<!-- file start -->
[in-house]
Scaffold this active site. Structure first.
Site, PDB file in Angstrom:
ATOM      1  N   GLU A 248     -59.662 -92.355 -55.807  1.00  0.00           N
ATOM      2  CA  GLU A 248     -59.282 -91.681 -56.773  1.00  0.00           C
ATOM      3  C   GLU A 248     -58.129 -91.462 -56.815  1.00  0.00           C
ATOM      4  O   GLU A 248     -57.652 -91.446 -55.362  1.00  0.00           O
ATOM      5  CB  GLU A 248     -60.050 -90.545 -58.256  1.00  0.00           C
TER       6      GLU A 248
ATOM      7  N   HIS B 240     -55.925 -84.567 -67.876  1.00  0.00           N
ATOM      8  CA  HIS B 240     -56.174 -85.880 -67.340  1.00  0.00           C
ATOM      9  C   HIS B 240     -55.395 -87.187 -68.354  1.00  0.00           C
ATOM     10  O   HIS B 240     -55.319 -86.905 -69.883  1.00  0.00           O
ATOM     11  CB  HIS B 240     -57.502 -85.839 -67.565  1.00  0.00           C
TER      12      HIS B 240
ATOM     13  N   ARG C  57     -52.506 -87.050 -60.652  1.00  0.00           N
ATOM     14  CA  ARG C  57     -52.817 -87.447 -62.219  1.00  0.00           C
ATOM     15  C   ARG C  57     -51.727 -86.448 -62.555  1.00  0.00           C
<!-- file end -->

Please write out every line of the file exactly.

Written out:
[in-house]
Scaffold this active site. Structure first.
Site, PDB file in Angstrom:
ATOM      1  N   GLU A 248     -59.662 -92.355 -55.807  1.00  0.00           N
ATOM      2  CA  GLU A 248     -59.282 -91.681 -56.773  1.00  0.00           C
ATOM      3  C   GLU A 248     -58.129 -91.462 -56.815  1.00  0.00           C
ATOM      4  O   GLU A 248     -57.652 -91.446 -55.362  1.00  0.00           O
ATOM      5  CB  GLU A 248     -60.050 -90.545 -58.256  1.00  0.00           C
TER       6      GLU A 248
ATOM      7  N   HIS B 240     -55.925 -84.567 -67.876  1.00  0.00           N
ATOM      8  CA  HIS B 240     -56.174 -85.880 -67.340  1.00  0.00           C
ATOM      9  C   HIS B 240     -55.395 -87.187 -68.354  1.00  0.00           C
ATOM     10  O   HIS B 240     -55.319 -86.905 -69.883  1.00  0.00           O
ATOM     11  CB  HIS B 240     -57.502 -85.839 -67.565  1.00  0.00           C
TER      12      HIS B 240
ATOM     13  N   ARG C  57     -52.506 -87.050 -60.652  1.00  0.00           N
ATOM     14  CA  ARG C  57     -52.817 -87.447 -62.219  1.00  0.00           C
ATOM     15  C   ARG C  57     -51.727 -86.448 -62.555  1.00  0.00           C